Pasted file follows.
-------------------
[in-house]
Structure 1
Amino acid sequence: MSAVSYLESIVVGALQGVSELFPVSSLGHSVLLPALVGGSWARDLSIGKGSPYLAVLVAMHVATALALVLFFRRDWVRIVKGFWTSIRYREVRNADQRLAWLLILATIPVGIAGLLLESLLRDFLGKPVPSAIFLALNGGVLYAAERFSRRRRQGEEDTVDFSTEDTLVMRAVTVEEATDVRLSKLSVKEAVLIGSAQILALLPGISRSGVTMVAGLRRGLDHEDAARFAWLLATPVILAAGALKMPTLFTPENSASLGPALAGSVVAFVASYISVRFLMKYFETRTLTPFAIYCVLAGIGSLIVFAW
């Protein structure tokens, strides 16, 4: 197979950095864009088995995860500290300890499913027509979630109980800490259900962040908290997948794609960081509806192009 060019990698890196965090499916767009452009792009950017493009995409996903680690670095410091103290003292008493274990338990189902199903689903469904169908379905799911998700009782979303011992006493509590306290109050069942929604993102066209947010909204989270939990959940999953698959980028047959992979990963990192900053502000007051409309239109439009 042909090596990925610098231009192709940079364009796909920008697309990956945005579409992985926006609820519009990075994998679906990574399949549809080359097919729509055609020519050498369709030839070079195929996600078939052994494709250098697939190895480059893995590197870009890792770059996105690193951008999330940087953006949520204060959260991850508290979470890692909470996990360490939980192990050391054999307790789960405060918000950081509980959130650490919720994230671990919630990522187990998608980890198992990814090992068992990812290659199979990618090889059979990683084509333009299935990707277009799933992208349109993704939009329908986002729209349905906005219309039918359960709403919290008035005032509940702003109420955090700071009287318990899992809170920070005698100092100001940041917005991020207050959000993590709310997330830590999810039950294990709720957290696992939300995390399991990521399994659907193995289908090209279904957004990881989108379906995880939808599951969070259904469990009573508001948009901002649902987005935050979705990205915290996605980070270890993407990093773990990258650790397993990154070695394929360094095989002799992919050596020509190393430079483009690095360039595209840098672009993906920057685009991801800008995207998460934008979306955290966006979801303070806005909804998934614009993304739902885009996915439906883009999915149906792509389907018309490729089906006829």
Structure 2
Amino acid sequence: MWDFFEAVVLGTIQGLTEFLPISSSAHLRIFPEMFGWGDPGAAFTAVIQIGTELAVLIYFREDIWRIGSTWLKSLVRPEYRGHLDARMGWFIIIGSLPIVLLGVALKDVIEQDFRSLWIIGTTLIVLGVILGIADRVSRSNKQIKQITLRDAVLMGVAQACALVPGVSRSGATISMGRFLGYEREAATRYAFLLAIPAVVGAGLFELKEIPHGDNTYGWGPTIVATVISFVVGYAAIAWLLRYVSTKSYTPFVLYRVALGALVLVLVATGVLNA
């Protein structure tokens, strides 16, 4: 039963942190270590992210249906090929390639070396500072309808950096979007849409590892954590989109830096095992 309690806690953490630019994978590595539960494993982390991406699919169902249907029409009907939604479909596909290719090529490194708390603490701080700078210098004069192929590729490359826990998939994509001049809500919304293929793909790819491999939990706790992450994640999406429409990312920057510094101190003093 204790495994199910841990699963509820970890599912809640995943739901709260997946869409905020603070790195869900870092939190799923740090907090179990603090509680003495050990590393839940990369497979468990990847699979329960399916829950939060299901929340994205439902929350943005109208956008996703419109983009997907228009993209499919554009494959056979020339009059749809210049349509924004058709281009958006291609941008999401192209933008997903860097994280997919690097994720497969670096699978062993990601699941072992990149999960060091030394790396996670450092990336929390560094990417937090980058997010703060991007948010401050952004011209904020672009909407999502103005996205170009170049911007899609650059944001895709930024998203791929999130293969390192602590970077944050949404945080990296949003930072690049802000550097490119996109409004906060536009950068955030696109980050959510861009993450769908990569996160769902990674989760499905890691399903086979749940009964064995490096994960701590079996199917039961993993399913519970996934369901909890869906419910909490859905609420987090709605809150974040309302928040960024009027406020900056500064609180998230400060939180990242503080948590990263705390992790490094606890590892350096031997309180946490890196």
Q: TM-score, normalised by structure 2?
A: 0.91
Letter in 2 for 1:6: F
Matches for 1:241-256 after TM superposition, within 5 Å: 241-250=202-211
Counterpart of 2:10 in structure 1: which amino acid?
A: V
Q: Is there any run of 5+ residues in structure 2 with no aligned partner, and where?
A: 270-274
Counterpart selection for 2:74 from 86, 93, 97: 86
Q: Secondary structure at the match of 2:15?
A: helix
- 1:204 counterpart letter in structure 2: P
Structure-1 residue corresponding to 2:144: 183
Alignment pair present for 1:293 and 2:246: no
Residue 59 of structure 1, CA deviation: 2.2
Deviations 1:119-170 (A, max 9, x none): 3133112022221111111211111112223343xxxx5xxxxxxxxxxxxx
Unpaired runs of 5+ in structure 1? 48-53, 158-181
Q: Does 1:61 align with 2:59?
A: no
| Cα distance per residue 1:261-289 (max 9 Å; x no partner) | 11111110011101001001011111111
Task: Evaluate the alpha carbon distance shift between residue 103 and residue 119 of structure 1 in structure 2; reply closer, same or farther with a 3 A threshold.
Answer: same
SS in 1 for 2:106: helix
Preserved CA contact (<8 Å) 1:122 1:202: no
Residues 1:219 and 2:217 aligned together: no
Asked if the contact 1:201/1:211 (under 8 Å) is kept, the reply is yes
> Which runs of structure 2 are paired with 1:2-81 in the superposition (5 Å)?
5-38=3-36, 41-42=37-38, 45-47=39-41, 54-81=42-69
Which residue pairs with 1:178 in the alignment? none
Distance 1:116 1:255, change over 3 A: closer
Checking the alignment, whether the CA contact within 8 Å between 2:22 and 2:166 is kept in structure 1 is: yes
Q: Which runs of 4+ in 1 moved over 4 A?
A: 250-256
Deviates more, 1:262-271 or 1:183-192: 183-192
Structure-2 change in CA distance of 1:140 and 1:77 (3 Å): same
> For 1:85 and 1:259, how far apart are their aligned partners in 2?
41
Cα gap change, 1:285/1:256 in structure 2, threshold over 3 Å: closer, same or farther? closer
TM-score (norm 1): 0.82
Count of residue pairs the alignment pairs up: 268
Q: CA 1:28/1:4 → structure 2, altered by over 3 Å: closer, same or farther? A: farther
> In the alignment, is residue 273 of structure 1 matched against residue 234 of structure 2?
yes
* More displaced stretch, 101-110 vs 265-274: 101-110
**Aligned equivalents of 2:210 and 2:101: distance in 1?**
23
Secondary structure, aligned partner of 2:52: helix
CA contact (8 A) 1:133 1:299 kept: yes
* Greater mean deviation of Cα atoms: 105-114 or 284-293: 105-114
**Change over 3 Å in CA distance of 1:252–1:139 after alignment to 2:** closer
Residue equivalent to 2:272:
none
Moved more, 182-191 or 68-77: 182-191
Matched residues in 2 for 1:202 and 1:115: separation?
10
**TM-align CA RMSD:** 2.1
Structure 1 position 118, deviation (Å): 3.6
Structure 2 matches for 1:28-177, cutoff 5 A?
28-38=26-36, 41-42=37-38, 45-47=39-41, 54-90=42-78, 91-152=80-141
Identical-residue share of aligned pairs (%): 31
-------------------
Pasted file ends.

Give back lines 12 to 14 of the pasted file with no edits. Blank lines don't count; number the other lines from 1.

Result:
Counterpart of 2:10 in structure 1: which amino acid?
A: V
Q: Is there any run of 5+ residues in structure 2 with no aligned partner, and where?